Wednesday, July 8, 2009

Dahlia Ravikovitch

Few poets write successful political poems.  Dahlia Ravikovitch's famous "Hovering at a Low Altitude," the title poem of her collected works,  succeeds as a political and personal poem about the death of a Palestinian girl and the poet's engagement with and distance from the awful event:  "With a single hurling thrust one can hover/ and whirl about with the speed of the wind./ Can make a getaway and persuade myself:/ I haven't seen a thing./ And the little one, her eyes start from their sockets,/ her palate is dry as a potsherd, when a hard hand grasps her hair, gripping her/ without a shred of pity."

My favorites among Ravikovitch's poems combine the most ordinary details of everyday life with tender lyricism and self-acceptance:

Midnight Song 1970

Once again, as in years past,
the bedroom's a mess,
cigarette ashes knee deep,
clothes dropped in a heap, 
a pile of mail that I haven't read
and one warm bed.
There's a flu epidemic going around
and here I am, good and sick,
flat on my back.
This year
and in all the years to come,
I won't give up one tiny bird
that flutters about in my garden,
won't trade one tiny bird
for a hoopoe or a dove.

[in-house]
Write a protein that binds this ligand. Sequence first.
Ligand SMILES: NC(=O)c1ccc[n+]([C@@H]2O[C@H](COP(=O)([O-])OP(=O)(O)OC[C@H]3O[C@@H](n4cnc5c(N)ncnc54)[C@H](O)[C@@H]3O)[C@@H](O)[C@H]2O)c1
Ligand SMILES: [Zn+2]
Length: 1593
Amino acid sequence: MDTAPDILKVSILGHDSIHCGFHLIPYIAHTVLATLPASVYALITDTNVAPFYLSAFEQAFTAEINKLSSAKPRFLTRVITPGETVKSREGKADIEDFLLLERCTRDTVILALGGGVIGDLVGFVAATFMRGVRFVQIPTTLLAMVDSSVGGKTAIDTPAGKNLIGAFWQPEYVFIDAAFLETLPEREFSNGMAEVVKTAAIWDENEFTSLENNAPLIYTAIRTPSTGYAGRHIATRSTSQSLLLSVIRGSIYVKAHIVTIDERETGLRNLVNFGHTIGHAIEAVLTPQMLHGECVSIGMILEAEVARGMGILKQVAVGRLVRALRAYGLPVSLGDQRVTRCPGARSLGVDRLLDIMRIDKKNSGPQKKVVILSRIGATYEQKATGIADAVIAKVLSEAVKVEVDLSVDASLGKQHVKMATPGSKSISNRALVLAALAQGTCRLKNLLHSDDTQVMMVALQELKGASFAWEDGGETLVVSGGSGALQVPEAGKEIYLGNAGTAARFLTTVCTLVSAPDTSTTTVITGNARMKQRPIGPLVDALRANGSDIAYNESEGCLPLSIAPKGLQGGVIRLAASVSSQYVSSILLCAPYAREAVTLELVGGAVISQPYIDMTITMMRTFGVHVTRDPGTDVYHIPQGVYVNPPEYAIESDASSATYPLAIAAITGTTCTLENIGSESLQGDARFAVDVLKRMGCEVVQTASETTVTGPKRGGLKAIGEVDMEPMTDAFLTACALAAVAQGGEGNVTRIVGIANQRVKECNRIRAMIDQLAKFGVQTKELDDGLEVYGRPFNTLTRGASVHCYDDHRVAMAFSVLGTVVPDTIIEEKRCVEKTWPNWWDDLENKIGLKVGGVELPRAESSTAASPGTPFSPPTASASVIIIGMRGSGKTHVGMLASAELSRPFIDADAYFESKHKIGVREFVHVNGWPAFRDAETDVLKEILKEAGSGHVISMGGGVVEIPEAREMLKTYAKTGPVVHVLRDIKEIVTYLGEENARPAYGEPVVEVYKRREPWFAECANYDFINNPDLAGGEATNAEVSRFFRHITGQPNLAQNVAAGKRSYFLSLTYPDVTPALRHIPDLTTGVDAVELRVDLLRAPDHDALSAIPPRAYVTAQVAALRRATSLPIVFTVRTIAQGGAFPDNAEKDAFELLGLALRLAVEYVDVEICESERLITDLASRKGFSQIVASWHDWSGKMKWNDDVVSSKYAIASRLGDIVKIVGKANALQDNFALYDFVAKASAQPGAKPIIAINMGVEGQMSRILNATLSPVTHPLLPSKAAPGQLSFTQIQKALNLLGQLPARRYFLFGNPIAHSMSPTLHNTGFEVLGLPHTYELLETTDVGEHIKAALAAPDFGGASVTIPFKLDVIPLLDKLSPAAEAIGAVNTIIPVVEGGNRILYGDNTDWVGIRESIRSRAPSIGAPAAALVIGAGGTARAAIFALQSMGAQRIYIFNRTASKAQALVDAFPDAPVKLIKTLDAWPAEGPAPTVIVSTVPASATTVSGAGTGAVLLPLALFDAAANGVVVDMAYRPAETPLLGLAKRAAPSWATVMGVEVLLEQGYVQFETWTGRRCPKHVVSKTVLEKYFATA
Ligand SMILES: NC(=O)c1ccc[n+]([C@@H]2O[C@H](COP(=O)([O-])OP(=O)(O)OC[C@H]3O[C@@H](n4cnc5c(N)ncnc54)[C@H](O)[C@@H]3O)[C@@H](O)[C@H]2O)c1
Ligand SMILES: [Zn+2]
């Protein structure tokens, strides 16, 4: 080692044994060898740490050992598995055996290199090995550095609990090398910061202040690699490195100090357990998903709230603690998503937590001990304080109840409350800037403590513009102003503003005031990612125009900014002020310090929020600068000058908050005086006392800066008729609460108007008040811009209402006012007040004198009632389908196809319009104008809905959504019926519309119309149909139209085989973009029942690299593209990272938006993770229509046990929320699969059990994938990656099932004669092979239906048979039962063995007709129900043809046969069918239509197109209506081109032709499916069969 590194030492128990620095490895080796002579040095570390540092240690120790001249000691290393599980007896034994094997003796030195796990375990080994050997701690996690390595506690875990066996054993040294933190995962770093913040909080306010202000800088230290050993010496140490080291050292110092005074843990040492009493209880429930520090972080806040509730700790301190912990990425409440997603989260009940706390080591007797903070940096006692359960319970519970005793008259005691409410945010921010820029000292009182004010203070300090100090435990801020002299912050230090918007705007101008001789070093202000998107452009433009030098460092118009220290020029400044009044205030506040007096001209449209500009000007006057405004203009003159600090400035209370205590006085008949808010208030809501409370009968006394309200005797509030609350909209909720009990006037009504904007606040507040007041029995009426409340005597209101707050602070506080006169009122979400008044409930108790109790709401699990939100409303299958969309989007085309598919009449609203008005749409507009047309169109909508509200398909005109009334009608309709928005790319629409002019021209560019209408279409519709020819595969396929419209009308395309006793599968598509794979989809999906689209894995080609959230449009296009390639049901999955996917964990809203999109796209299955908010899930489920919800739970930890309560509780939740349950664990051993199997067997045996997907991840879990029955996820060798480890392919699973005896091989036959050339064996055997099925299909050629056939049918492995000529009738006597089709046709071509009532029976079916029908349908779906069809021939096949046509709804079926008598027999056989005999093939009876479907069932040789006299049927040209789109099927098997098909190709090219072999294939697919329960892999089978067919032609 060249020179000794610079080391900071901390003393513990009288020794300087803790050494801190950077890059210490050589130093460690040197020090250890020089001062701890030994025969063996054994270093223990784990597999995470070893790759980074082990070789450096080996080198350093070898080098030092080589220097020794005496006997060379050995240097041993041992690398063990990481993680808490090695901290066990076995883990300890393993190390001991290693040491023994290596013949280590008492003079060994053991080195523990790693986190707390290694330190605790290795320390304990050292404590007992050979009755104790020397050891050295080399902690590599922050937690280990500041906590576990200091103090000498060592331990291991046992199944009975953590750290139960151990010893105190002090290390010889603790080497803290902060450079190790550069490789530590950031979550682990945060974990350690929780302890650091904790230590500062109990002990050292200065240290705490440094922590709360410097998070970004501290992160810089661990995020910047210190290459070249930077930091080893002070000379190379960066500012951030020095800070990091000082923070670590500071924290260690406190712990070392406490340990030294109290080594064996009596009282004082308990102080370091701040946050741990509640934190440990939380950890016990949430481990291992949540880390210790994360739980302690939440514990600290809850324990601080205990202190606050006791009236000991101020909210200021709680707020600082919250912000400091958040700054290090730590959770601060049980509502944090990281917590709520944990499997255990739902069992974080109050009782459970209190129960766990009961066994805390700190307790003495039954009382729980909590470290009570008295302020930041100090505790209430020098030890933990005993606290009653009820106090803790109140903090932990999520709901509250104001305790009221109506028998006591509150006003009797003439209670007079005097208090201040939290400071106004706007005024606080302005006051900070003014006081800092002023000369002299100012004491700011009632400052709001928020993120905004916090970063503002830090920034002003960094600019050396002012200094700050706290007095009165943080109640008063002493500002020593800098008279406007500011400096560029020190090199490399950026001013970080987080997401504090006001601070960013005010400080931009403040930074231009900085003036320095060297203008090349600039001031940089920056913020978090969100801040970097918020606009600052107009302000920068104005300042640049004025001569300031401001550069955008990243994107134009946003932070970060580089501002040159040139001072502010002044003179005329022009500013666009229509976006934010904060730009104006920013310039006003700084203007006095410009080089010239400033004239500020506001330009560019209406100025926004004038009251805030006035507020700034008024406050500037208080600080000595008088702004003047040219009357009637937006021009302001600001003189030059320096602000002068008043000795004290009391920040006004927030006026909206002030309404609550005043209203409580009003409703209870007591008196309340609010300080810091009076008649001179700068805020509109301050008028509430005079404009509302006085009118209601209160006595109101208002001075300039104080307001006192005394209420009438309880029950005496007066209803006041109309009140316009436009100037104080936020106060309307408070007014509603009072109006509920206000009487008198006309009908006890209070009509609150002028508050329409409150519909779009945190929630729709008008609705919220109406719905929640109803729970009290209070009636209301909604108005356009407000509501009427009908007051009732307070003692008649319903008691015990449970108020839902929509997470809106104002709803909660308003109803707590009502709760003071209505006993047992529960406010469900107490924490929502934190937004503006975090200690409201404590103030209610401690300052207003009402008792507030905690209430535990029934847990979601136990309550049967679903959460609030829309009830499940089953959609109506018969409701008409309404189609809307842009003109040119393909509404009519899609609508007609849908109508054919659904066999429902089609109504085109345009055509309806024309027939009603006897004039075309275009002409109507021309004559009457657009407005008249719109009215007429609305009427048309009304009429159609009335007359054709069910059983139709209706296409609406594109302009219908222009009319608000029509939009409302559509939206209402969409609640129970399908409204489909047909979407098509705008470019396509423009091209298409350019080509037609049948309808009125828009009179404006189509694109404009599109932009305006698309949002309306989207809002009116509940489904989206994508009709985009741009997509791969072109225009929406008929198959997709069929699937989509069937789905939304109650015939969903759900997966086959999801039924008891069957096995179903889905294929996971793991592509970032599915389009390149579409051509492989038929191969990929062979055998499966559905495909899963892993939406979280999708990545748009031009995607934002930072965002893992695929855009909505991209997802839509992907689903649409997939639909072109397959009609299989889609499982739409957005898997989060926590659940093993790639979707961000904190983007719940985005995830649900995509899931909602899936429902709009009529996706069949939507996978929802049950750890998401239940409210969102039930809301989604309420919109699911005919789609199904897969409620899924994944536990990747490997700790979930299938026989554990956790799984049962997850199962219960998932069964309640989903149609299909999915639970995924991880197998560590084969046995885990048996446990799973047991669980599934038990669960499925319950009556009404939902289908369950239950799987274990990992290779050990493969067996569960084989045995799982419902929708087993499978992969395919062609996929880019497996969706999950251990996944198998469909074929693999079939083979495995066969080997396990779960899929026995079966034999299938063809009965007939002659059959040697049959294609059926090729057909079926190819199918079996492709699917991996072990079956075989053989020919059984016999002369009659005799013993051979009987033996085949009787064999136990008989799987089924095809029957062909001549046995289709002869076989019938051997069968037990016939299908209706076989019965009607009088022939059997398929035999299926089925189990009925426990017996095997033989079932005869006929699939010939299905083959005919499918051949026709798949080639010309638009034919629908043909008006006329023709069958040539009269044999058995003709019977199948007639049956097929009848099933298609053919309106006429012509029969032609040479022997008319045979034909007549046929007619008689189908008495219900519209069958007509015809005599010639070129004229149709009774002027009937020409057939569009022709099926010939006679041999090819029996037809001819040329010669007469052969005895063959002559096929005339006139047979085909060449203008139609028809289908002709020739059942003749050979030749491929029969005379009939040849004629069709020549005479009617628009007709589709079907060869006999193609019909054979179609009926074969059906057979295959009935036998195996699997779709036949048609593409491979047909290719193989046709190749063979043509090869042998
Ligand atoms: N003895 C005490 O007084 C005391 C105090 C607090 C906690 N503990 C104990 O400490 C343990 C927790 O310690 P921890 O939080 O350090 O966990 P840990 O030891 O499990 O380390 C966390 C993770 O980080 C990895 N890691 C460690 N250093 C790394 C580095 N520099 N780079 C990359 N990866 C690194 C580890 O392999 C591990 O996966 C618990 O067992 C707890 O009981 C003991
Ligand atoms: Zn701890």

Another year will come
and once again, without fail,
my throat will be choking with love.

I love her deliberate stance against the grandly triumphant:

The Window

So what did I manage to do?
Me--for years I did nothing.
Just looked out the window.
Raindrops soaked into the lawn,
year in, year out.
That lawn was soft grass, high class.
Blackbirds strolled across it.
Later, tiny flowers blossomed, fine strings of beads,
most likely in spring.
Later tulips,
English daffodils,
nothing special.
Me--I didn't do a thing.
Winter and summer revolved among blades of grass.
I slept as much as possible.
That window was as big as it needed to be.
Whatever was needed
I saw in that window.
Ravikovitch died in Tel Aviv, in 2005  at the age of sixty-eight.  Her collected poems, beautifully translated from the Hebrew by Chana Block and Chana Kronfeld, has recently been published.        


  1. i love the plain language, the lack of sentimentality; and her photograph...the sensuality of smoking!

  2. O, the glamour and appeal of smoking. I haven't smoked for years but remember the pleasure. Her poems are deceptively simple.

  3. I love the conversational tone, at least in these examples. It is something I have been seeing in writers these days. I wish I could be that way, instead of my formal and turgid self.

  4. Ravikovitch's conversational tone is studied, stylized, the best of speech distilled to an intimacy like Sappho's.

    I don't find your tone "turgid."